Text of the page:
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Land of teak and gold

Burma of memories and stories is often a fabulous place

Written by Ipsita Chakravarty | Published: June 6, 2012 3:17:56 am

Burma of memories and stories is often a fabulous place

Bhupen Das,my great-uncle,had once lived in what was then called Rangoon. Since eyes glazed over and people left the room every time he started his “Borma” stories,not much is known about his time there. He did leave behind a book of Bengali verse,bravely titled Oh Burmese girl. Many Indian families have similar stories — great-uncles posted in Burma some time in the remote past,ancestors who had settled there for generations,land and villages that had once been home.

Perhaps because of the gemstones the region is famous for or the actual gold that many Indian settlers brought back or the rice that always grew in plenty there,in many of these stories,Burma is remembered as “a golden land”. Fortunes were made in Burma. Prized Burma teak furnished affluent households. In “At large in Burma”,Amitav Ghosh speaks of an uncle who had lived so lavishly there he was nicknamed the “Prince”. The romance around Burma was also preserved because most of the Indian families settled there had to leave. After 1962,when military rule descended on the country,it became an unreachable place.

Yet until 1937,Burma was a province of British India. The wave of Indian migrations in the 19th century started after the British took parts of Lower Burma in 1826. Much of the Indian population grew around the increasingly busy port in Rangoon. Tamil coolies manned the port,Chettiar money-lenders were part of the commerce that surrounded it. Trade in rice,wood and silk also brought Indians to Burma. When Upper Burma fell in 1885,the whole region became a province under British India. Thousands of Indians streamed into Burma,filling government posts. By 1931,it was home to more than a million Indians.

The Bengali novelist Sarat Chandra Chattopadhyay worked briefly as a government clerk in Burma. Later,he would send many of his protagonists there. The young Srikanta goes to work in Rangoon,and the revolutionaries of Pather Dabi (1926) run a secret society in Burma. It is that place on the margins where rules could be broken,where adventure could be found,where a generation of educated Indians could hammer out their personal and political identities. In Rabindranath Tagore’s short story “Dalia”,it is a land where history is sublimated into romance and a Mughal princess marries an Arakan king. Burma also crops up in Chittagong folk songs; it becomes a familiar point of reference in popular culture.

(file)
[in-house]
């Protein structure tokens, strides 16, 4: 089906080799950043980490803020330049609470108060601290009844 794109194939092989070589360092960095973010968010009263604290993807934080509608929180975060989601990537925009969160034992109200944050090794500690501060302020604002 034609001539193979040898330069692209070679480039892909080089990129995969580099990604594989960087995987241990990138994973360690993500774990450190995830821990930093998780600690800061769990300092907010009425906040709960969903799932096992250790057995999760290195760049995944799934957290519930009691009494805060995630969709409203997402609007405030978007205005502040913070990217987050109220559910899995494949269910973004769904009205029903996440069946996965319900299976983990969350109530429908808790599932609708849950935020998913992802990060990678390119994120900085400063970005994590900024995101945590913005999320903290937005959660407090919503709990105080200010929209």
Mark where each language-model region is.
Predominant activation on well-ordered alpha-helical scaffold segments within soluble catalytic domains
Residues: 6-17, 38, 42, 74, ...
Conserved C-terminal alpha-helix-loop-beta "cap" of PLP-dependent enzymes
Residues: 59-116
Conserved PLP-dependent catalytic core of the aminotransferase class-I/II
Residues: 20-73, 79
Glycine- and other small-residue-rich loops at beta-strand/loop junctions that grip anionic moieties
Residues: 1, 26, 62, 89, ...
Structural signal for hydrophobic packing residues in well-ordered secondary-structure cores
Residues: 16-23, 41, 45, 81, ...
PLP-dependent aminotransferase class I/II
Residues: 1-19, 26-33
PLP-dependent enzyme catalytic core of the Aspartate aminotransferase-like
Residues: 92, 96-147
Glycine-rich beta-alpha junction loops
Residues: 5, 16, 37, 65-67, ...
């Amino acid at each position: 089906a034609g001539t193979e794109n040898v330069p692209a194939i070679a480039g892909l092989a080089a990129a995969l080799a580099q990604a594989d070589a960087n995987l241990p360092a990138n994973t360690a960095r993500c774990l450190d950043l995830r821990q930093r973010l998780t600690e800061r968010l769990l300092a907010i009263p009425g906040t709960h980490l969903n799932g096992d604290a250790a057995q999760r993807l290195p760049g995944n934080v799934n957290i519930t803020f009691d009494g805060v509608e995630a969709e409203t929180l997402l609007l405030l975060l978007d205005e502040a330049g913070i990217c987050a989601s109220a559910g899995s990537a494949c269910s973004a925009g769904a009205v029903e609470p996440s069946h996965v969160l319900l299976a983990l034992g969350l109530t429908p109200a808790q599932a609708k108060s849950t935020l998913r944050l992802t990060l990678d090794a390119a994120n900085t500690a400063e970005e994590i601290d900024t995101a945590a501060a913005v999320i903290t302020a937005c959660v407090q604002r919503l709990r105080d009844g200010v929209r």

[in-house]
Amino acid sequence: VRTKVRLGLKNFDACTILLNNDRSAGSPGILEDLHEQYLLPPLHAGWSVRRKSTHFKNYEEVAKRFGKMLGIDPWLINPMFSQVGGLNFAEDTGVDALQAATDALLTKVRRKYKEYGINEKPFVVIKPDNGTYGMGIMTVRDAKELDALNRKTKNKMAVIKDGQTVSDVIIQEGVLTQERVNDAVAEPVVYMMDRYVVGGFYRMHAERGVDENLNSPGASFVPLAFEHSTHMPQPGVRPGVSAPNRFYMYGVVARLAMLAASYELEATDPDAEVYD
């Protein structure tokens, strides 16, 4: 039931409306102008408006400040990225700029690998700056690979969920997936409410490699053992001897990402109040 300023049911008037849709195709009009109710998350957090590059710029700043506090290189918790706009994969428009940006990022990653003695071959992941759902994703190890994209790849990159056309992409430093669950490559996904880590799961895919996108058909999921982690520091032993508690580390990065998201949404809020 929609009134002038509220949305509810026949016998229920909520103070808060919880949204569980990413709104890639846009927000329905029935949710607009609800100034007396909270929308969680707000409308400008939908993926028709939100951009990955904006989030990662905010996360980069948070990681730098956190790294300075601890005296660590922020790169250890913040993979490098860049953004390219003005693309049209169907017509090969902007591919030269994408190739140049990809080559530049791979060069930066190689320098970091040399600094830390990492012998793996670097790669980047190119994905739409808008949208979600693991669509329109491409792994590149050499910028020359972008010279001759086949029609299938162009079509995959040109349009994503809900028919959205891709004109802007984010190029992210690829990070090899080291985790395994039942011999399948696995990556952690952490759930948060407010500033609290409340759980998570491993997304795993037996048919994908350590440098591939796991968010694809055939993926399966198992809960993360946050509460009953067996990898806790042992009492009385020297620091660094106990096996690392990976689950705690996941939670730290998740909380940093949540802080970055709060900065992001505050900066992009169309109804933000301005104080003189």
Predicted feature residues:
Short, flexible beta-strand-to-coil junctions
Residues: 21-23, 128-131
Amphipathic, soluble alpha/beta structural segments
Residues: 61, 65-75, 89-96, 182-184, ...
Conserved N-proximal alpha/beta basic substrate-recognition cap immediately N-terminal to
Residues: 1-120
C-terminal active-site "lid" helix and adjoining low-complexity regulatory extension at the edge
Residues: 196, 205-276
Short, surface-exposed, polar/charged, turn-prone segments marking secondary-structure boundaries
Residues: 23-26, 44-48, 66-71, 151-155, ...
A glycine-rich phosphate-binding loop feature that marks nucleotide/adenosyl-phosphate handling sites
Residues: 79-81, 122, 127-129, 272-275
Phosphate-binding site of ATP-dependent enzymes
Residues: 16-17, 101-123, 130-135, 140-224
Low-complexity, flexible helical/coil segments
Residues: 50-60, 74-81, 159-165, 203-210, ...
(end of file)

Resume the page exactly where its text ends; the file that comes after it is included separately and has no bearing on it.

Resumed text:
In little over a decade after 1931,the influx into Burma would be reversed. Indians living there would have a much darker experience of the golden land. In 1937,Burma was separated from British India and when the Japanese bombed Rangoon in December 1941,the British prepared to leave. Many Indians decided to follow suit. But planes and boats were mostly reserved for the evacuation of the British. For the thousands of Indians who decided to return to their homeland,the journey had to be made on foot. There are few written accounts of the Long March of 1942,says Ghosh,and hardly any by the survivors themselves. The horrors of the march — days without food,people dropping dead on the way through sheer exhaustion,roads that lay through forests where the very air was poisonous — may never fully be documented. But some stories remain.

Mala Mazumdar,who now lives in Kolkata,says her grandfather and her uncles moved to Rangoon in the 1920s to work in the construction business. When the war broke out,they were among the families who decided to leave. Her grandmother was the last person on the last boat to Dhaka. But her father,grandfather and uncles had no choice but to walk. The journey from Rangoon to Imphal took two months,after which they made their way to Dhaka. Mala’s grandfather went missing en route and her father went back to Imphal to look for him. He was found at a refugee camp in Imphal,left for dead among a pile of bodies. Mala’s father had gone back in 1945 as the family still had property in Burma. It was only in 1965,after the government had taken away everything they owned,that he was forced to move back to India.

But the traumatic experience of Burma seems to be cauterised from memory. As Ghosh recounts,the Prince,later living in relative poverty in Kolkata,would always return to that one idea — the golden land. For the Indians who lived there,Burma seems to be recalled with intense longing — perhaps the same longing that spurred my great-uncle to questionable verse and prompted Mala to visit Burma last year. Family histories and popular associations in India are still threaded with memories and experiences of Burma. With the two countries rebuilding ties,maybe new stories will be added once again.

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